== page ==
For individuals and organizations that have spent the past four years working to build bridges across deep partisan divides, President Joe Biden’s State of the Union address last night offered both recognition and hope. Before a sharply divided nation and Congress, the President focused on issues that transcended political party and earned bipartisan applause: support for Ukraine, military veterans and cancer research; the need to increase mental health support and end the devastating opioid crisis.
“Let’s stop seeing each other as enemies and see each other for who we really are: fellow Americans,” Biden said. “We can’t change how divided we’ve been. But we can change how we move forward—on COVID-19 and other issues we must face together.”
The statement earned a standing ovation. It also infused energy into a network of people across the nation who have been thinking deeply, forging friendships, engaging in conversations and charting paths to bridge the national divide. They call themselves “bridgebuilders,” part of an emerging field that’s drawn enthusiasts across faith traditions, worldviews, political affiliation, and region – and appreciation from a bipartisan group in the U.S. Congress.
Four days before the State of the Union address, nine Democratic and nine Republican members of the U.S. House of Representatives introduced the Building Civic Bridges Act, aimed at assisting local civic and community organizations with ongoing efforts to address contentious issues and ultimately, bridge divides. The sponsors cited a January poll that found 70 percent of Americans believe the nation is so polarized that citizens can no longer tackle the major issues we face together.
What is Bridgebuilding?
Civic bridgebuilding: activities that foster respect between diverse communities, strengthen relationships across lines of difference, and forge a sense of common civic purpose, and which seeks to solve community problems and diminish polarization. This includes activities that take place in local communities, where individuals and institutions come together to build empathy, strengthen belonging, and address local issues; and activities at the field level, where civic bridgebuilding leaders work together to share research and best practices, learn from one another, and grow civic bridgebuilding efforts.
Those who have embraced bridgebuilding efforts acknowledge the work can be difficult. But advocates like scholar Simran Jeet Singh say the work is essential. Speaking with fellow bridgebuilders days after the January 6, 2021, attack on the U.S. Capitol, Singh compared the work to running a marathon.
“I had this moment of insight reading James Baldwin, he said this thing that completely changed my life. He said, ‘If I love you, I have to make you conscious of the things you don’t see.’ And to me, that’s the work of bridgebuilding,” Singh said. “I don’t do it because I hate people, and If I was doing it for that reason, I don’t think I’d last very long. I do it as an act of love for myself, and for my kids and for the people I’m trying to connect with, and then the bridge is entirely different and my relationship with it is entirely different.”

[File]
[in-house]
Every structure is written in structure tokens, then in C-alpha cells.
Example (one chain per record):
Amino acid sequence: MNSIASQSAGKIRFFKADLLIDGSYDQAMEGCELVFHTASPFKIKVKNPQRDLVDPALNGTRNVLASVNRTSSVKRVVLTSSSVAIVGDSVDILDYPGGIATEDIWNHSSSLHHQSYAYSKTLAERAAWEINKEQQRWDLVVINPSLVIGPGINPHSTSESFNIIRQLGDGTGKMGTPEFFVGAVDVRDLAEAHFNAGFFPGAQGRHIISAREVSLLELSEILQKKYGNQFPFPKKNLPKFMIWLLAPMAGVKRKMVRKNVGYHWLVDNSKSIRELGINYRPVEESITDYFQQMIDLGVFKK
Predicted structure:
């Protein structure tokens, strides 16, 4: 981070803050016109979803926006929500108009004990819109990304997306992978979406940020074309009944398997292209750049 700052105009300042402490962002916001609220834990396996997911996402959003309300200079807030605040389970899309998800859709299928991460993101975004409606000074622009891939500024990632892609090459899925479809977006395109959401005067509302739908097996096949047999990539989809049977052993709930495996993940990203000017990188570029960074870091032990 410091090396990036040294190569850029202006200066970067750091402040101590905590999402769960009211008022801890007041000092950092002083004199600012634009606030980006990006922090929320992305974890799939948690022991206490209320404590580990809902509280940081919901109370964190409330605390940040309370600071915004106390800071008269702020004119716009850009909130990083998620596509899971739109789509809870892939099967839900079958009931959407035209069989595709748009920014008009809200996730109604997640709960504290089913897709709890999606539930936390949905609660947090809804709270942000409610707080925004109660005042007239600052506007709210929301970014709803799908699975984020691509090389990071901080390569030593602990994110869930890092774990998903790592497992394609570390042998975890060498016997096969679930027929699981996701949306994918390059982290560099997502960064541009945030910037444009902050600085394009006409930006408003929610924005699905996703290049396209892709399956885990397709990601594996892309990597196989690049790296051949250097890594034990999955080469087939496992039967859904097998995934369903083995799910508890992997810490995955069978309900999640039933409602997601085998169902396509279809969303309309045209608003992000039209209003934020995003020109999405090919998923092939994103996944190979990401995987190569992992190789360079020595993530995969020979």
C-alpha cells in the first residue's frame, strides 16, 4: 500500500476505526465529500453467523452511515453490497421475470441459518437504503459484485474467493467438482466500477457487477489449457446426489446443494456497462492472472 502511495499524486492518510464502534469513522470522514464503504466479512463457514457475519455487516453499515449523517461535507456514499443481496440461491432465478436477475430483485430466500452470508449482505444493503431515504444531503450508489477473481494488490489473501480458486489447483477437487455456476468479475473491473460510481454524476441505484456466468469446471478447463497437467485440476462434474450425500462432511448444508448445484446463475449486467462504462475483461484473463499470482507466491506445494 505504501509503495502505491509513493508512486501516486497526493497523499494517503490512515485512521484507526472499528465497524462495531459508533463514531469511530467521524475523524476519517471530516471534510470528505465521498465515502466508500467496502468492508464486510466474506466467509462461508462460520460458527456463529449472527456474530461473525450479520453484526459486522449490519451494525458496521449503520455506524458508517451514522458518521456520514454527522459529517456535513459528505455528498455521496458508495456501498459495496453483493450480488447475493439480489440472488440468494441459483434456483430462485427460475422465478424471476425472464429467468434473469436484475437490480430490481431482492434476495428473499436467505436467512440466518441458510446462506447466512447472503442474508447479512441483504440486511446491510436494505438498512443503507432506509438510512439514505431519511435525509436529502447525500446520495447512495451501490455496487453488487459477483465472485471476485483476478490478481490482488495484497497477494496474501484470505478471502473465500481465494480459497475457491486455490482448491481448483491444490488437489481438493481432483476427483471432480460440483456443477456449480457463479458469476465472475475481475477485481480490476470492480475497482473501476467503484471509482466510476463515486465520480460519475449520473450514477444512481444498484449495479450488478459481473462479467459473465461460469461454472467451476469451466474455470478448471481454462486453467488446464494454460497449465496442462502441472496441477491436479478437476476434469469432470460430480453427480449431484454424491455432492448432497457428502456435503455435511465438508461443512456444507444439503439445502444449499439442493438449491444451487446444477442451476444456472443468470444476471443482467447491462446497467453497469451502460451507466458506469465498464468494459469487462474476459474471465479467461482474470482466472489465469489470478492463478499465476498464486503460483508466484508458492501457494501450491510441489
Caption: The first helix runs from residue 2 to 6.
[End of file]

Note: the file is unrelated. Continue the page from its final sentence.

Resources for bridgebuilding:
- Bridging Differences Playbook (Greater Good Science Center) – IFYC is listed as a resource and the resource section (p. 43) lists many great bridgebuilding organizations that you could feel confident about
- The People’s Supper (co-founded by IFYC alumna Jen Bailey and Lennon Flowers) – we also feature it in our Interfaith Leadership 101: Act playlist on LRNG
- ListenFirst Project; there are now hundreds of bridging organizations and even several large associations that connect bridgebuilding organizations with one another
- #Interfaith curriculum – Bridgebuilding component of comprehensive online curriculum on engaging religious diversity online, created by IFYC in partnership with ReligionandPublicLife.org.
Public conversations that model bridgebuilding:
- We Commemorate, We Commit: Out of Catastrophe, a Conversation on Connection and Repair, a conversation reflecting on the 20th anniversary of the Sept. 11 attacks featuring Bilal, Valarie Kaur, John Inazu, Dr. Robert Klitzman, Eboo Patel and Sonal Shah.
- State of the Interfaith Nation: an IFYC series that centered diverse voices around the 2021 Inauguration, published January 6, 2021.
Read stories about bridgebuilding:
- Inspired by a Bridge-Builder, a ‘Third Culture Kid’ Finds Her Own Story
- Americans are Furious About Vaccinations. It’s Not Helping.
- Interfaith Campus Partnerships Are Building Bridges To Overcome Our Divisions
- Eight Keys to Bridging Our Differences
American Civic Life
American Civic Life
American Civic Life